• Doximity is partnering with Epic to offer one-touch dialing of patients within Epic’s Haiku mobile platform. The offering comes from an insight uncovered by Doximity – that docs wanted their office number to appear on the patient’s caller ID when calling from their smartphones.
  • CNBC’s ludicrously prolific Christina Farr (follow her!) has a look at a startup that’s working on a voice-operated “virtual scribe” for physicians that would let them plow through EHR entry verbally.
  • Earlier in the year we learned that Amazon was looking at getting into the pharmacy market. Now, they’re reportedly in talks with some middle-market PBMs. Oh, and they’re muscling onto Google and Facebook’s advertising turf, too.
  • “Alexa, bring me into HIPAA compliance.” There’s one big hitch in Amazon’s push to find healthcare applications for its voice assistant – until it can figure out how to get good with the health information privacy gods, the virtual assistant’s medical utility is limited. 
  • Mayo Clinic launched an Alexa Skill that dispenses first aid info, including how to perform CPR.
  • Women’s health brands are shifting promotional dollars from TV to digital, MM&M reports, and particularly into social. “Given that much of their information consumption takes place in active online forums – rather than passive TV ads --- pharma marketers are adjusting their channel mix to a combination of online appeals and work around disease-specific online communities” amid a “backlash against the traditional ads on TV,” MM&M says.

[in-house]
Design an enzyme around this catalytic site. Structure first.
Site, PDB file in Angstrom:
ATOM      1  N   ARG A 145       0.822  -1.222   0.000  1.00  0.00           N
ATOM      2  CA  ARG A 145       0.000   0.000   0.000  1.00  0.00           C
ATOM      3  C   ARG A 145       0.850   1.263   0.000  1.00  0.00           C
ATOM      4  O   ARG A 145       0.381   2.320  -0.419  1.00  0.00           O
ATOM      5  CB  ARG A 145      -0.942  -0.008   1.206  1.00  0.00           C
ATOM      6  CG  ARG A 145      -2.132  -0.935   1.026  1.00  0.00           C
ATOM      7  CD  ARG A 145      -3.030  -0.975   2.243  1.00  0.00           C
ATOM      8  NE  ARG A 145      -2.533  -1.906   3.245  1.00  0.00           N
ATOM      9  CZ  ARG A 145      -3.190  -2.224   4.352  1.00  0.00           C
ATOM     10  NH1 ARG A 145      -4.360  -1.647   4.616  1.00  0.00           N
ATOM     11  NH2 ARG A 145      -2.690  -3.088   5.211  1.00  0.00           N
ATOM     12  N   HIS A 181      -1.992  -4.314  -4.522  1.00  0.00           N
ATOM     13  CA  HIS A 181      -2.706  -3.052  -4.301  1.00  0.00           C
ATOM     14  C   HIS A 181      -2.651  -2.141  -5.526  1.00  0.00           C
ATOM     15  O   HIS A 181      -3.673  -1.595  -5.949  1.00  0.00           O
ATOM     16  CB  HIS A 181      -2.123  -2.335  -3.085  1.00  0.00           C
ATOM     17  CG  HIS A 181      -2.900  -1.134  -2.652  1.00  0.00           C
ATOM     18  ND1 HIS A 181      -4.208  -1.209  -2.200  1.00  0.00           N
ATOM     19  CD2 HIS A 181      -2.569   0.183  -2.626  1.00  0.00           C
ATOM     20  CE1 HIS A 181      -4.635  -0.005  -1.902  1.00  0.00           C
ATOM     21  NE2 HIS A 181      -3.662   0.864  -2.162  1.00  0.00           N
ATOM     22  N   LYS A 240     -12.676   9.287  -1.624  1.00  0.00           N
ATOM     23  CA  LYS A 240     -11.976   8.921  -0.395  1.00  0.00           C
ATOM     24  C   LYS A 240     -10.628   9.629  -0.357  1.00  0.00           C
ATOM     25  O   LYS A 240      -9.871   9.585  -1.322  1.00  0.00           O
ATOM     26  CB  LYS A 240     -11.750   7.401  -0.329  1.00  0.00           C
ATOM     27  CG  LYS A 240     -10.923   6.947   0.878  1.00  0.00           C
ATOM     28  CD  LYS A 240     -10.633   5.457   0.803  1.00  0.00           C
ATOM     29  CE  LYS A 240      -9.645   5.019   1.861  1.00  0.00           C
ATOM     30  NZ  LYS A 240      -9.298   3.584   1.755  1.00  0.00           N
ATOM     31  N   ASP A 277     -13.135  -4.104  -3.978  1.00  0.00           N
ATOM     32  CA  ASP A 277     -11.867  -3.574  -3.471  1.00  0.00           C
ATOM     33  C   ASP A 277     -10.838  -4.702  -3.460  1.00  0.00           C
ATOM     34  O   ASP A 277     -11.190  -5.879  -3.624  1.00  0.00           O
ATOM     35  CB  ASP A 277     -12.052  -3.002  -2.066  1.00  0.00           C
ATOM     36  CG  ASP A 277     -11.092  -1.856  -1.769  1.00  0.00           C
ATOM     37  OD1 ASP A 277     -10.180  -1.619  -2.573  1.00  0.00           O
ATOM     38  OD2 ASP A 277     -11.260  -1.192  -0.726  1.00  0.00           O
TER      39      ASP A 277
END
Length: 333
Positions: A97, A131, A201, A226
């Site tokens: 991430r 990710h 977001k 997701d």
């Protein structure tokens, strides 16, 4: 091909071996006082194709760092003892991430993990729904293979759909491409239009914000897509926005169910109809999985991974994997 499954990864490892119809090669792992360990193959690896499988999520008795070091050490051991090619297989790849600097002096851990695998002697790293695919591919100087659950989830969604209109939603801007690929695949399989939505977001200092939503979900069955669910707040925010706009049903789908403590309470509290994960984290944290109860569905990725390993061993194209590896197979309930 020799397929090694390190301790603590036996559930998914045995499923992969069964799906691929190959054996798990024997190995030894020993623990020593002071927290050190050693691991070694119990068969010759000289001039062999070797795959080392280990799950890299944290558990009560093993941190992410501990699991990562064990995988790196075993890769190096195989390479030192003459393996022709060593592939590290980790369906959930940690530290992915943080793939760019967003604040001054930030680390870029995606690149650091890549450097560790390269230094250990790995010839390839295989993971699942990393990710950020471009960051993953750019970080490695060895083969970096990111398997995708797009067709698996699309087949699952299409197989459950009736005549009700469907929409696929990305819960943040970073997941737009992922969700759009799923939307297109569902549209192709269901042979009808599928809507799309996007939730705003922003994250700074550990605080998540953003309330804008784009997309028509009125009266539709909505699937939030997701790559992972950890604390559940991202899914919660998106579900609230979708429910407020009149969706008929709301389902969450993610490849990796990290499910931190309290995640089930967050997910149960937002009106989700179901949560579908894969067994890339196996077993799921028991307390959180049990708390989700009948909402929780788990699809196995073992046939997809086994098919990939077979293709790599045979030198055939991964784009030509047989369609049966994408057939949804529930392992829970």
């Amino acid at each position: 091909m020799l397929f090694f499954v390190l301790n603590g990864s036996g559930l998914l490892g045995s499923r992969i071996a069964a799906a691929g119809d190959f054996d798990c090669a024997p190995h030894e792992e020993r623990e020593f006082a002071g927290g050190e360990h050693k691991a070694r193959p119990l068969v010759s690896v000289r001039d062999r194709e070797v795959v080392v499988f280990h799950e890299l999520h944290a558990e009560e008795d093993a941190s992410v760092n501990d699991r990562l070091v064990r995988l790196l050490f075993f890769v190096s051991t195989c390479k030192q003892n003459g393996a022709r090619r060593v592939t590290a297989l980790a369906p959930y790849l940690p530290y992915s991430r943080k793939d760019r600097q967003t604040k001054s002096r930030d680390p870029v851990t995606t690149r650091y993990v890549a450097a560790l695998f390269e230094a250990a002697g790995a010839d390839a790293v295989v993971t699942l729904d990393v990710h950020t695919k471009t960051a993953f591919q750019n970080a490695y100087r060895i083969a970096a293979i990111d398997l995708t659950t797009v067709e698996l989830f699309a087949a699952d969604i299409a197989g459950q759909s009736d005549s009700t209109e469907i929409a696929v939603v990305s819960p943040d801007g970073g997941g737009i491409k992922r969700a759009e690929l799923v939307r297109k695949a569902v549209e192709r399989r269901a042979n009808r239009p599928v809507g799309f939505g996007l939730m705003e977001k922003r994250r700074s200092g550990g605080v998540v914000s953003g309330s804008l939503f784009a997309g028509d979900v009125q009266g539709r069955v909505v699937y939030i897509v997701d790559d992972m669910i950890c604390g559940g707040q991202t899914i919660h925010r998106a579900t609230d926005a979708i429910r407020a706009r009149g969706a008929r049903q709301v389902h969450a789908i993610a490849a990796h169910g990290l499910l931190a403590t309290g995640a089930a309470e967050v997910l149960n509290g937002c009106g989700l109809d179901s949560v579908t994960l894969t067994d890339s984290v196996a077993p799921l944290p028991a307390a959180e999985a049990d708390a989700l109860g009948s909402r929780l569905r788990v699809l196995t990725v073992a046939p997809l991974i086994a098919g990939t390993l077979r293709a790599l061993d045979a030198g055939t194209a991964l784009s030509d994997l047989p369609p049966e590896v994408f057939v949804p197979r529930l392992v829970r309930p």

• Two huge biosimilar stories last week: first, in a landmark approval, FDA gave Allergan and Amgen the green light to market a me-too version of Roche’s Avastin, dubbed Mvasi. Then, in less happy news for payers, Amgen said it would delay the U.S. launch of its biosimilar mimicking AbbVie’s Humira (though there are many other biosimilar candidates in that particular hunt). 
  • Twitter is doubling its character limit to 280. Still won’t fit a fair balance – for now, though FDA is doing some serious rethinking about the best length of risk statements in ads.
  • 23andMe’s just-concluded $250m financing round won it Wall Street’s attention and revived talk of the consumer DNA-testing tech chasing genetic targets to develop its own drugs. For now, though, they’re using that data to inform pharma clients’ R&D work and looking to further build their database.
  • In predictive analytics news, Boehringer has collaborated with Geisinger, the digital innovator IDN, to develop a model for determining the best candidates for its SGLT2 drug Jardiance for type 2 diabetes, based on three measures -- risk of cardiovascular death, hospitalization for heart failure or kidney failure – using EHR data.
  • Headlines like this are music to our ears. 
  • Check out Stat’s Biotech Devil’s Dictionary. Sample entry: “key opinion leader (n.): Commonly abbreviated ‘KOL,’ the phrase is meant to indicate subject-matter mastery but has been stretched and perverted to mean almost nothing, as there is no qualified governing body to regulate the keyness of one’s opinion leadership.”